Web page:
- Another Friendly Reminder from the CAFC - Use of “the Present Invention” is Clear and Unequivocal Evidence of Disavowal
- November 14, 2016 | Author: Michael David Van Loy
- Law Firm: Mintz Levin Cohn Ferris Glovsky Popeo P.C. - Boston Office
Disavowal can occur when a patent holder disavows the full scope of claim terms in the specification or during prosecution (e.g., through the doctrine of prosecution history estoppel). In either event, disavowal requires clear and unequivocal evidence that the claimed invention includes or does not include a particular feature. However, “clear and unequivocal” does not mean “explicit.” Last week, in the case of Poly-America, L.P. v. API Industries, Inc., the Federal Circuit explained that “an inventor may disavow claims lacking a particular feature when the specification describes ‘the present invention’ as having that feature.” Similarly, the court explained that “an inventor may disavow claims lacking a particular feature when the specification distinguishes or disparages prior art based on the absence of that feature.”
In the case, Poly-America asserted U.S. Patent No. 8,702,308 for an elastic drawstring trash bag against API Industries’ “conventional” drawstring trash bags (i.e., trash bags where the width of the bottom of the bag and the width of the opening at the top of the bag are the same size). Although the width of the opening at the top of the patented trash bag was restricted in two of the independent claims to be less than the width of the bottom, independent Claim 10 only required that the two panels and drawstrings of the trash bag be “inseparably joined together at a first short seal and at a second short seal” (emphasis added). Poly-America asserted that the short seals of Claim 10 only required “a seal that inseparably welds or joins” the drawstrings and the panels of the bag. However, the Federal Circuit disagreed.
The court noted how the specification stated that “it is important to note that one of the characteristics of the present invention is a reduction in upper width - resulting from the extended short seals” (emphasis in original). The court also noted how the Abstract stated that “[w]hen the bag of the present invention is in a relaxed state, the reduced upper opening width of the elastic drawstring bag is therefore less than bag proper width,” and that “[e]mbodiments of the elastic drawstring bag contemplated by the present invention have an upper opening with a width that is less than 97% of the width of the rest of the bag (by virtue of the extended short seals).” The court discussed how the specification explained that prior art bags are difficult to secure over trash can lips, and that the use of extended short seals reduces the width of the opening of the bag, thereby making it easy to fit around a trash can. Additionally, the court explained that Poly-America distinguished all of the claims from the prior art during prosecution by stating that “[t]he ‘relaxed upper opening width’ of Schneider is the exact same as the ‘bag proper width,’ not less than the ‘bag proper width’ as required by Applicant’s independent claims” (emphasis in original). Poly-America argued that the terms “relaxed upper opening” and a “bag proper width” were not recited in Claim 10. However, the court opined that this fact was irrelevant because it was clear that all of the claimed trash bags had a “relaxed upper opening” and a “bag proper width,” when considered in light of the specification.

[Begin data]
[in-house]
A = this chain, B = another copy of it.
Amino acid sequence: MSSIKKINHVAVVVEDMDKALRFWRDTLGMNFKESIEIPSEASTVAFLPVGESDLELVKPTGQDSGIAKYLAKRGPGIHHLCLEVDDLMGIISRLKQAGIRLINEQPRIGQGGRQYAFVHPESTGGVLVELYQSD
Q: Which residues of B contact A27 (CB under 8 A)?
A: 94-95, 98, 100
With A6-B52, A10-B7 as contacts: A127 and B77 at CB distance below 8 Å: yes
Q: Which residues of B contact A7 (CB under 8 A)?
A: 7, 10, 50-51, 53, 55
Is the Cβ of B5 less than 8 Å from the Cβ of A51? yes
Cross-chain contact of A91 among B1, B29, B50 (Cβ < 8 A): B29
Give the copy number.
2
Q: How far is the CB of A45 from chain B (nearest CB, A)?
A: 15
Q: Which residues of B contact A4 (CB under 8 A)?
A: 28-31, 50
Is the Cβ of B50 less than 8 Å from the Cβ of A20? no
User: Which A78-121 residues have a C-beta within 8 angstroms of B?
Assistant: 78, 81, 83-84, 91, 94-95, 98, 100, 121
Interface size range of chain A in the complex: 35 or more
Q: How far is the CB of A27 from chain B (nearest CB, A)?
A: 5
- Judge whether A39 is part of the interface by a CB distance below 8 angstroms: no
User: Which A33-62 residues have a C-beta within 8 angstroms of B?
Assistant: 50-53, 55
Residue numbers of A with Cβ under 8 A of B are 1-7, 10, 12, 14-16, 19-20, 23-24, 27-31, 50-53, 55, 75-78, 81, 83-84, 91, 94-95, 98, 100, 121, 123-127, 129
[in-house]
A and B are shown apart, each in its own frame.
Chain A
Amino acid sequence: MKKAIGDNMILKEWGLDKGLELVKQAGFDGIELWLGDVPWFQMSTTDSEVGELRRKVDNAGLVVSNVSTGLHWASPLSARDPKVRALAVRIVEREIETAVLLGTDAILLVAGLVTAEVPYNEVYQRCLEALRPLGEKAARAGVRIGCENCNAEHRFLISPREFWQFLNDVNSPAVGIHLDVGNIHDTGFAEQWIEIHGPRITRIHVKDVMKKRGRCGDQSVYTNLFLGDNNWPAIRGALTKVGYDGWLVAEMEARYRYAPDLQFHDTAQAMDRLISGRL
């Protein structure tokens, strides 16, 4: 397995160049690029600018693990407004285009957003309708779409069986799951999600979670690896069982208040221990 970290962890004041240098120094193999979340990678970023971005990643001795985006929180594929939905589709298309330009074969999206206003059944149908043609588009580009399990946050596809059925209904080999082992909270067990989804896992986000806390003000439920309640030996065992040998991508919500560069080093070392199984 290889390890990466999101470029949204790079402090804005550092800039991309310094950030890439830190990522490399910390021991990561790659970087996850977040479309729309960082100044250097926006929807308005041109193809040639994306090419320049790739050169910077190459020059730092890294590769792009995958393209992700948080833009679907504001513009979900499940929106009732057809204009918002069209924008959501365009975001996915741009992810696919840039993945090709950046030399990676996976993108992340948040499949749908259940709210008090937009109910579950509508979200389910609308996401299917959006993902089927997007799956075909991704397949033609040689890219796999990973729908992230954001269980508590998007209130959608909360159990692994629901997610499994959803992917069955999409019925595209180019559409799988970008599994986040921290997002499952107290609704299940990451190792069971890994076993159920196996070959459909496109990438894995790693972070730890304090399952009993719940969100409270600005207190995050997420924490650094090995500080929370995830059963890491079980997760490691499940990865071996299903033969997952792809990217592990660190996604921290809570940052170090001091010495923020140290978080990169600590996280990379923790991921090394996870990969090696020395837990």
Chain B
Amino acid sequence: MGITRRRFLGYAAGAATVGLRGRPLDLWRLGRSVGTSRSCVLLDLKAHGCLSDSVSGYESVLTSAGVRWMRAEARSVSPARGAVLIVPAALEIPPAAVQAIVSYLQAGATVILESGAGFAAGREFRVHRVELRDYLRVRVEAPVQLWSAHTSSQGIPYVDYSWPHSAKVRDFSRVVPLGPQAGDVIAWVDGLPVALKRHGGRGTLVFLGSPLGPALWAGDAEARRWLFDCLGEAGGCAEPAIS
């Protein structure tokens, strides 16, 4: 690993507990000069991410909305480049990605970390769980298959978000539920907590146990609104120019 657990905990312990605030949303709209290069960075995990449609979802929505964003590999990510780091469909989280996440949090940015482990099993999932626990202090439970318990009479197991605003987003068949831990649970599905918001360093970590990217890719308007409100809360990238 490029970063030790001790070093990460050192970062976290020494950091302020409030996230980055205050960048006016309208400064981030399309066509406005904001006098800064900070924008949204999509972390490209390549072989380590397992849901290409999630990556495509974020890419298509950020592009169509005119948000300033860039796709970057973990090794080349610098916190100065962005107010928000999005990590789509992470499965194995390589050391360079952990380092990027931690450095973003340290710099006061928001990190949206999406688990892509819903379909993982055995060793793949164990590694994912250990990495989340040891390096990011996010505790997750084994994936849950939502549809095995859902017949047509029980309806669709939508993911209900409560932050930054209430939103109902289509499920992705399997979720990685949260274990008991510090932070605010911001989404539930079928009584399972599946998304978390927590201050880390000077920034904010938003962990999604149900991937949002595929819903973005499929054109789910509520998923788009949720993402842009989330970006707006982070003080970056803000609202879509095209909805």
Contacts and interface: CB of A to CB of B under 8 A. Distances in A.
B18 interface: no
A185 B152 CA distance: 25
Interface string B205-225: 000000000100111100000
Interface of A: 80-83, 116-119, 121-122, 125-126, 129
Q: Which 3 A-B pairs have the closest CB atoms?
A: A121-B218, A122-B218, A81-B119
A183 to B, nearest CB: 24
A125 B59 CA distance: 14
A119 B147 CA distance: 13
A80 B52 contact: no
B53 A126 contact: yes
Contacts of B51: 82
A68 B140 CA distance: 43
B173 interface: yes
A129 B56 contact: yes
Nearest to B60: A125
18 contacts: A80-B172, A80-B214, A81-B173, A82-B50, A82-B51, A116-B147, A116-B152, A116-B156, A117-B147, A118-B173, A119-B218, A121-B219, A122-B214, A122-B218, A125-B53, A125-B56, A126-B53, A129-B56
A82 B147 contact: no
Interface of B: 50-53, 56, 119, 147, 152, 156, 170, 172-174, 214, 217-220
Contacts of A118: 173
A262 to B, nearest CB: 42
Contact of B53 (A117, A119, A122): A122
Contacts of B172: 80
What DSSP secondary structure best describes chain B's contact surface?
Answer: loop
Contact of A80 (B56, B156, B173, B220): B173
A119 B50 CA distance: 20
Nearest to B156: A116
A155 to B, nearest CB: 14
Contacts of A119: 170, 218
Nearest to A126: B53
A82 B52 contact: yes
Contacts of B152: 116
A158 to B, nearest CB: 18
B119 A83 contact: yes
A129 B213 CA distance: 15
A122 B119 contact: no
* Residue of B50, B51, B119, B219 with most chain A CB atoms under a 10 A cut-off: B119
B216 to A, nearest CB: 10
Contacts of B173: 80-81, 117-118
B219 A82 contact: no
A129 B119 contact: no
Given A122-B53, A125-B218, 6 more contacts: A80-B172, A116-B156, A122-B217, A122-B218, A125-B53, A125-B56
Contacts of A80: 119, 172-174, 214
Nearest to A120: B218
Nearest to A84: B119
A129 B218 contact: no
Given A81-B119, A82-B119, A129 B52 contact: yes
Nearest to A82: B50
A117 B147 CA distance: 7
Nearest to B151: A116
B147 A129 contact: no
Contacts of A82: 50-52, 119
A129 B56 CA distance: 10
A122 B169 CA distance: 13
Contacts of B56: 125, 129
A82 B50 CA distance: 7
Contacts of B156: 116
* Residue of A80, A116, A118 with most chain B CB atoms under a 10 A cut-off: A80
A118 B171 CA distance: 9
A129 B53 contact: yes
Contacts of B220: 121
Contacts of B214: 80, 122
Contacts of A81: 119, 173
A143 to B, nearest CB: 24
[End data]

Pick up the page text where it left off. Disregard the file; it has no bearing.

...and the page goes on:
Ultimately, the court concluded that the specification and the prosecution history “provide clear and unequivocal evidence that the inventor intended to disavow any claim scope encompassing short seals that are not inwardly extended.” Although the Federal Circuit technically held that the combination of specification and prosecution history provided a restricted claim scope, it is possible that claims may be given a narrowed interpretation based on any one of (a) describing a feature as being part of “the present invention” in the specification, (b) disparaging prior art for lacking a feature, regardless of whether the feature is explicitly claimed, or (c) distinguishing the claims over prior art by asserting that the prior art lacks a feature.
Although a patent applicant may potentially circumvent some prosecution history estoppel issues through the use of a properly-filed continuation or divisional application, the Federal Circuit opinion in Poly-America provides clear caution that the use of the term “present invention” in the specification may be fatal. Describing the distinctions and benefits of inventions over the art, on the other hand, can be very advantageous. For example, advantages over the prior art can provide evidence of secondary factors and help to show that the invention is not obvious. As another example, for those facing subject matter eligibility rejections, advantages over the prior art can help demonstrate that the claimed invention is not routine, conventional, or well known.However, in order to mitigate any adverse effects of discussing an invention’s advantages, benefits over the prior art should be couched within non-limiting modifiers. For example, benefits can be described with respect to some embodiments, but not all (e.g., “in some implementations of the current subject matter,” “in certain embodiments,” etc.). Further, during prosecution, patent applicants should separately argue claims with differing features unless the applicant wants to simultaneously limit the scope of all of the claims.